10 Tips for A Great Delivery Day – Yearbook

As I previously mentioned, I was a Boy Scout, so I always believe in preparation. Delivery day is no different. Check, check and double check – then give out the books and have a good time.

1. Look over the book before you give it out. Look at every page when the book comes in. Give your principal and superintendent a copy. No surprises. Give them a couple of days to look it over before you hand out the book.

2. Make sure all the receipt books and receipts are in order. At least a month before delivery we give out final reminders for late payments and this helps us to ensure we are 98% correct in our book count.

3. Be ready for a mistake. No book is perfect. Have a policy ready and have your principal ready to back you up. If you don’t give refunds – don’t offer one. If you must give a refund, demand that they give back the book first.

4. Be ready for wrong receipts. We always plan a 5-10 book buffer for missing receipts. We lost/misplaced 2 this year. Not bad. It has been worse. I have 40 kids on my staff. That is 40 different personalities and 40 different ideas about responsibility.

5. Have fun. We always have music and tables for kids to sign books. We usually plan a 90 min. “signing party.” We sometimes have a slide show set to music. Go to itunes and check the 100 hottest downloads. Get your kids to help you pick out their favorites. Download the clean versions and make a mixed CD of 25-30 songs.

6. Pre-order plenty of autograph sections and plastic covers. We sell them for $2 each. Anyone can buy one. We sell a lot to kids who don’t buy or can’t afford yearbooks.

7. Expect complaints. We have 1700 students, 150 teachers, and nearly 100 support staff. With parents and family members that must equal more than 6000 people will see our yearbook. Someone will hate it. No matter how many awards it wins or how hard you worked. Don’t let them bring you or your students down. Acknowledge true complaints, but don’t argue over taste or design.

8. Feed your staff. This is the end of the year. Buy them burgers or pizza – it only costs about $50-$80. They worked hard and deserve it.

9. Rest. Delivery time is the most stressful time of the year. Recharge your batteries a little. Do yoga, ride a bike, take a nap if possible. Be calm.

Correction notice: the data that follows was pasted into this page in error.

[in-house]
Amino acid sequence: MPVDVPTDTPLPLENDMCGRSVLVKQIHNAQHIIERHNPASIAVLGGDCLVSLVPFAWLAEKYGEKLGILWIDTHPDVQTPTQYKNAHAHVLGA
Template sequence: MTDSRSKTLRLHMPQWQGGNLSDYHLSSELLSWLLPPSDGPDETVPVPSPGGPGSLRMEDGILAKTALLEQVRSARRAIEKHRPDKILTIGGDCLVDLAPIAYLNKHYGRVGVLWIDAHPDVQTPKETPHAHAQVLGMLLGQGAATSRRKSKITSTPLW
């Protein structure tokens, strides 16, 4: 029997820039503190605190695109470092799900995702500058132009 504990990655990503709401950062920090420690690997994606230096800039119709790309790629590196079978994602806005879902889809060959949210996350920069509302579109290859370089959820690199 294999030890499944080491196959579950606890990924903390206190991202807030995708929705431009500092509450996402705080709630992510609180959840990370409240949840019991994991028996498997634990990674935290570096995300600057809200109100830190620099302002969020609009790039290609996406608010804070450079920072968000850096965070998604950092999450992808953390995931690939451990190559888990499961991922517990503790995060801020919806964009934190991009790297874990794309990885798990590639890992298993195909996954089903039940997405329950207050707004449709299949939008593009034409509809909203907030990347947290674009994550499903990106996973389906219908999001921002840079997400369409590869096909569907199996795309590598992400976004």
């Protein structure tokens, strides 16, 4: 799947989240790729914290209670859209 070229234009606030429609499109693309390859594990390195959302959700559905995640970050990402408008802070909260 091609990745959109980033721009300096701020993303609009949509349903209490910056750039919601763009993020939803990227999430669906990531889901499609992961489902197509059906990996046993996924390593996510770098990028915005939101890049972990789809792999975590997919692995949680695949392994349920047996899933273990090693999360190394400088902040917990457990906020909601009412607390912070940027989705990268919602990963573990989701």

10. Start preparing them for next year’s book. It’s only 364 days away.

Mr. C

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3 Comments

  1. Nice ideas, but remember copyright laws! A slideshow with music downloaded from itunes would violate copyright laws. You must have a public performance release to do this and to synch music with pictures requires even more work. Easier to get local artists or student bands to contribute music to the show.

  2. The slide show is not embedded with music. We play the music just like any DJ at a school dance would – the slide show just happens to be 90 minutes long and played during our signing party. The music and the slides are not synchronized. I guess what I meant to say was we have a slide show and a DJ, that is my idea of “set to music.” They are not being used together, I’m sure we are still in the gray area – but in today’s copyright world what “use” of any music in nearly any setting is not a pseudo violation. I’m not trying to make light of copyright law, just voicing a frustration. We’re not making any money from their work, not one gets a copy to keep, so it hardly seems like the rights of their works are violated. I’m sure a copyright lawyer wouldn’t see it that way, but it is incredibly petty to go after students who play music at a party. Without parties none of those bands would have two red cents to rub together.

    Mr. C

  3. I loved your ideas. This is my first year to do the yearbook. The previous teacher left without forwarding the workshop information to me, so when I finally found out, it was too late. I only had three students who had worked on yearbook previously, and 17 new students who knew nothing. The previous teacher had booked the dates for class pictures (at registration) but failed to notify me, so when I showed up at registration to pre-sell books, students were having their pictures taken…in swimsuits! Since our school requires uniforms, many of the pictures could not be used and although we had a make-up day, many students refused to have their pictures made in uniforms. So, we have finished the yearbook- on time- and we began giving them out yesterday. I was so glad and the staff was so happy about it, but today I have cried more tears than I thought I had. So many parents telephoned and called me all kinds of names. They just had no idea how hard it was to put together a yearbook and get it to the students before graduation. Last year, the yearbooks arrived two months after graduation. Next year will be better for me. At least I will be able to go to the workshop this summer, along with many of my staff members. I think I will be better prepared and have some idea of what’s happening. This year has definitely been a learning experience.


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